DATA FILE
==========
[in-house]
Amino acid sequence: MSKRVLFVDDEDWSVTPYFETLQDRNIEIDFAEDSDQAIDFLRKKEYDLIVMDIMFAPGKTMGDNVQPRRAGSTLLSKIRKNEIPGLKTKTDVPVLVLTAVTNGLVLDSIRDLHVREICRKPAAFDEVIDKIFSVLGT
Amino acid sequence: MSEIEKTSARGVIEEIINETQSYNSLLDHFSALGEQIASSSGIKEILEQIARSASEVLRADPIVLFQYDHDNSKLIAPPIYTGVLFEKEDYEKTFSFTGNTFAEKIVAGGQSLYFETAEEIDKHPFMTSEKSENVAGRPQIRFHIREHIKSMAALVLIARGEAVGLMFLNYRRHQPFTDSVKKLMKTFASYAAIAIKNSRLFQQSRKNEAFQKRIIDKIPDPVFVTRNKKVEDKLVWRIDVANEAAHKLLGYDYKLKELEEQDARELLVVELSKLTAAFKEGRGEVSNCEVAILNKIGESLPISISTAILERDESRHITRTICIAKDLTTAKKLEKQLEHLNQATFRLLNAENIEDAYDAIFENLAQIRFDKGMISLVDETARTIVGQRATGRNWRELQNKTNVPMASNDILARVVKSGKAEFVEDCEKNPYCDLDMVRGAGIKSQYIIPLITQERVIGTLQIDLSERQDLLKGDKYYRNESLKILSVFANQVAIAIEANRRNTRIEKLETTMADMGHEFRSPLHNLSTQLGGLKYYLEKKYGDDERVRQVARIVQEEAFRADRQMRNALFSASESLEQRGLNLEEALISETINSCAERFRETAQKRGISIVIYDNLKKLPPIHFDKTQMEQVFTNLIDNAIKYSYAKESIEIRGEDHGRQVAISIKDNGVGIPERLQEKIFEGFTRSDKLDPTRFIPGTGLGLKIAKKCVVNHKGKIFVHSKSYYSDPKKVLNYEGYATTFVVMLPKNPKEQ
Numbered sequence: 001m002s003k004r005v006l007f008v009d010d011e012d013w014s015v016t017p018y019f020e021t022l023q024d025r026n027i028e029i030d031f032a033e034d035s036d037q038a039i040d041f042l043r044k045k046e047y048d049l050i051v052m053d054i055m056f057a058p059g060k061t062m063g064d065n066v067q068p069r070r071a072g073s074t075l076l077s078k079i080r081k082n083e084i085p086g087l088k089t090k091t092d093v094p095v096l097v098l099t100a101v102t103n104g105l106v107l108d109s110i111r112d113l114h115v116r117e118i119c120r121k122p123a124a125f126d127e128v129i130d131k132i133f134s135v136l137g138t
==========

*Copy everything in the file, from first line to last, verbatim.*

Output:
[in-house]
Amino acid sequence: MSKRVLFVDDEDWSVTPYFETLQDRNIEIDFAEDSDQAIDFLRKKEYDLIVMDIMFAPGKTMGDNVQPRRAGSTLLSKIRKNEIPGLKTKTDVPVLVLTAVTNGLVLDSIRDLHVREICRKPAAFDEVIDKIFSVLGT
Amino acid sequence: MSEIEKTSARGVIEEIINETQSYNSLLDHFSALGEQIASSSGIKEILEQIARSASEVLRADPIVLFQYDHDNSKLIAPPIYTGVLFEKEDYEKTFSFTGNTFAEKIVAGGQSLYFETAEEIDKHPFMTSEKSENVAGRPQIRFHIREHIKSMAALVLIARGEAVGLMFLNYRRHQPFTDSVKKLMKTFASYAAIAIKNSRLFQQSRKNEAFQKRIIDKIPDPVFVTRNKKVEDKLVWRIDVANEAAHKLLGYDYKLKELEEQDARELLVVELSKLTAAFKEGRGEVSNCEVAILNKIGESLPISISTAILERDESRHITRTICIAKDLTTAKKLEKQLEHLNQATFRLLNAENIEDAYDAIFENLAQIRFDKGMISLVDETARTIVGQRATGRNWRELQNKTNVPMASNDILARVVKSGKAEFVEDCEKNPYCDLDMVRGAGIKSQYIIPLITQERVIGTLQIDLSERQDLLKGDKYYRNESLKILSVFANQVAIAIEANRRNTRIEKLETTMADMGHEFRSPLHNLSTQLGGLKYYLEKKYGDDERVRQVARIVQEEAFRADRQMRNALFSASESLEQRGLNLEEALISETINSCAERFRETAQKRGISIVIYDNLKKLPPIHFDKTQMEQVFTNLIDNAIKYSYAKESIEIRGEDHGRQVAISIKDNGVGIPERLQEKIFEGFTRSDKLDPTRFIPGTGLGLKIAKKCVVNHKGKIFVHSKSYYSDPKKVLNYEGYATTFVVMLPKNPKEQ
Numbered sequence: 001m002s003k004r005v006l007f008v009d010d011e012d013w014s015v016t017p018y019f020e021t022l023q024d025r026n027i028e029i030d031f032a033e034d035s036d037q038a039i040d041f042l043r044k045k046e047y048d049l050i051v052m053d054i055m056f057a058p059g060k061t062m063g064d065n066v067q068p069r070r071a072g073s074t075l076l077s078k079i080r081k082n083e084i085p086g087l088k089t090k091t092d093v094p095v096l097v098l099t100a101v102t103n104g105l106v107l108d109s110i111r112d113l114h115v116r117e118i119c120r121k122p123a124a125f126d127e128v129i130d131k132i133f134s135v136l137g138t